And there was Vladimir Guerrero Jr. A moment, please, to discuss his evening. He took Gerrit Cole deep a dozen pitches into the game, parking a hung slider 416-feet over the wall in dead centre. He had his right hand trampled by Aaron Hicks an inning later while attempting a pick at first base, leaving the field of play momentarily to have a bloody, open wound temporarily trussed. He came back up to the plate against Cole an inning after that and hit one of the more absurd bombs you’re ever going to see.
That’s a 98-m.p.h. fastball running a good six inches in off the plate. The sheer audacity to even swing at it, let alone dent the bullpen’s back wall. Goodness. And what’d he do facing the best pitcher on the planet a third time? He falls behind, 0-2, cuts down his swing, claps another 98-mph heater into the opposite field corner, and makes him tip his cap.
Oh, and he came up again in the eighth:
First pitch, 95 middle-in, 443-feet into the night. What’s left to even say about this anymore? Is he Miguel Cabrera? He might be Miguel Cabrera. He might be better. He ended the game snaring a 108-m.p.h. Josh Donaldson liner at first, too, because, why not? Turns out precision beats power. And timing beats speed.
Which brings us back to Berrios. Back to the mental resilience he displayed Wednesday, pitching on hostile ground, making a significant between-starts adjustment, doing what’s made him one of baseball’s most reliable and consistent starters five year’s running.
He didn’t always know how to do that stuff. He only learned it in his 20’s. Remember, Berrios came to this late in life. Growing up, he couldn’t have imagined this reality. How could he? He’s not a product of privilege. He never even dreamed of pitching in the majors. It was too unrealistic. He dreamed of being a bat boy.
“Because the bat boy gets to be around baseball players and baseball every day. And I saw that and I thought, it’s easier to get to be a bat boy, you know what I mean?” Berrios says. “I said, hey, he gets to be at the ballpark every day. And I want to be there, too.”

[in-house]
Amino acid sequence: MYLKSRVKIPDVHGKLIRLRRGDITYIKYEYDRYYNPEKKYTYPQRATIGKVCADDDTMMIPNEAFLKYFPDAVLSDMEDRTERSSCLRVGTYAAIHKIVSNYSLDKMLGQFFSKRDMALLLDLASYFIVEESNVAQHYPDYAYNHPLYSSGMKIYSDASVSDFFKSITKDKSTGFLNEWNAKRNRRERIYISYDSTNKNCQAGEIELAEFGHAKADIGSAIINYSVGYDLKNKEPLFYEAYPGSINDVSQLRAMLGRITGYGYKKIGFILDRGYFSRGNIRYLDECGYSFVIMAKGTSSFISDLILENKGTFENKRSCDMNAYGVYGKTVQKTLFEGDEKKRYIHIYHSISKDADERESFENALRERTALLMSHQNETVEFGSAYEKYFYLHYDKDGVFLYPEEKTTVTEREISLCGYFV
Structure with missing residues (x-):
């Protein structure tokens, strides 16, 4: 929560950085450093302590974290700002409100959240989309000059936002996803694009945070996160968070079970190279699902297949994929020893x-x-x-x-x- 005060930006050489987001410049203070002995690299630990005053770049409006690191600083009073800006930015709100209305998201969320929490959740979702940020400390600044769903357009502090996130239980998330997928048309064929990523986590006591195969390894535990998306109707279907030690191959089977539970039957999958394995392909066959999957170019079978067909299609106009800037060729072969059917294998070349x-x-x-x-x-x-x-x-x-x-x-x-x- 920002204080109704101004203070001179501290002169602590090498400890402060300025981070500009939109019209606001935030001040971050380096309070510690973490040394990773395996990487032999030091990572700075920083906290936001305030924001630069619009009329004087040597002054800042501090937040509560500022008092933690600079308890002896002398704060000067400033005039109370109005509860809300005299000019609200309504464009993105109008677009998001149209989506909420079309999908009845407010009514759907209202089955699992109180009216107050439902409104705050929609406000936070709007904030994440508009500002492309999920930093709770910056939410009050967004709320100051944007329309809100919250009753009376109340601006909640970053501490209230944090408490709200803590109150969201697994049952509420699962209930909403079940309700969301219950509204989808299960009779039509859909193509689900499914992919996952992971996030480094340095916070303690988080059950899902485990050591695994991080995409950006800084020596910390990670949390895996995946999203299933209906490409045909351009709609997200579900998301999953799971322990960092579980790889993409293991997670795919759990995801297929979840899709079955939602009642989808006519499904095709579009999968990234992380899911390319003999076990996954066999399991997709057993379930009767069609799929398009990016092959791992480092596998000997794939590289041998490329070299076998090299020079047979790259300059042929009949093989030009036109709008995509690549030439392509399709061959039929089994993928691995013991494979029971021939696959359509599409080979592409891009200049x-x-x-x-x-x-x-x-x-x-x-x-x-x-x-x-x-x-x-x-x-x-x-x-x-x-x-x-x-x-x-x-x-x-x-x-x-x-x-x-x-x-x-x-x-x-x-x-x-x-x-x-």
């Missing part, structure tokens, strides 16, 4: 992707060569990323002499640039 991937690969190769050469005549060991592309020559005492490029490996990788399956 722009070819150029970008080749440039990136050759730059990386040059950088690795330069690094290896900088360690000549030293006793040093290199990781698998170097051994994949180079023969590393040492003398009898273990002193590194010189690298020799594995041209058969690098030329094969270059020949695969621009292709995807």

Even as he became a young adult and flashed real potential as a pitcher, Berrios still limited his dreams to merely playing professionally. Maybe a little winterball somewhere in the Caribbean. It wasn’t until he signed his first deal with the Minnesota Twins in 2012 that Berrios actually let himself believe he could be a big-leaguer.
But getting there was only the start. Berrios struggled immensely during his rookie 2016 season, pitching to an 8.02 ERA over 14 starts with strikeout (17.4 per cent) and walk (12.5) rates that look almost unbelievable in hindsight considering the pitcher he’s been since. But Berrios was a different guy then. Not so much physically, but mentally.
He hadn’t yet learned how to focus through adversity and channel his emotions on the mound. When difficult in-game situations presented themselves, he didn’t mitigate the damage, he let it spiral. Returning to Puerto Rico that winter, Berrios knew he had to overhaul his approach.
“That was a tough, rough year for me. I didn’t pitch well. But it taught me and helped me grow — like a man, like a pitcher,” he says. “That off-season, I worked on myself. Mostly mentally.”
That’s when he built up the armour needed to rebound from a disastrous start like last week’s. He learned to let himself sit in the sting of adversity for a bit, to process the emotions and put them in perspective. He vowed not to criticize himself in the abstract — ‘I’m not good enough, I don’t belong in the majors’ — only in the material. Was his release point off? Was he over-throwing? Was he tipping pitches?
He learned to focus on the effort he put in rather than the results. He couldn’t control what occurred once the ball left his hand. But he could control every little thing that happened before. His preparation, his routines, his focus. His confidence, his compete level. The mentality he brought with him to the ballpark every start day.
He carried that reworked mental approach into 2017, when he began his season at triple-A and had to fight his way back to the majors. And when he finally did six weeks later, it all clicked. He worked 7.2 innings of two-hit, one-run ball in a gutsy effort on the road against Cleveland, a team that went on to win 102 games that season. He’ll never forget that day.
“May 13, 2017,” Berrios says. “That day, I said now I see myself pitching in this league for many years.”
Rallying outings like Wednesday’s are how you pitch in this league for many years. And transcendent nights like Guerrero’s are how you hit there, too. Precision, timing, unbelievable ability. Two special players, special in their own ways.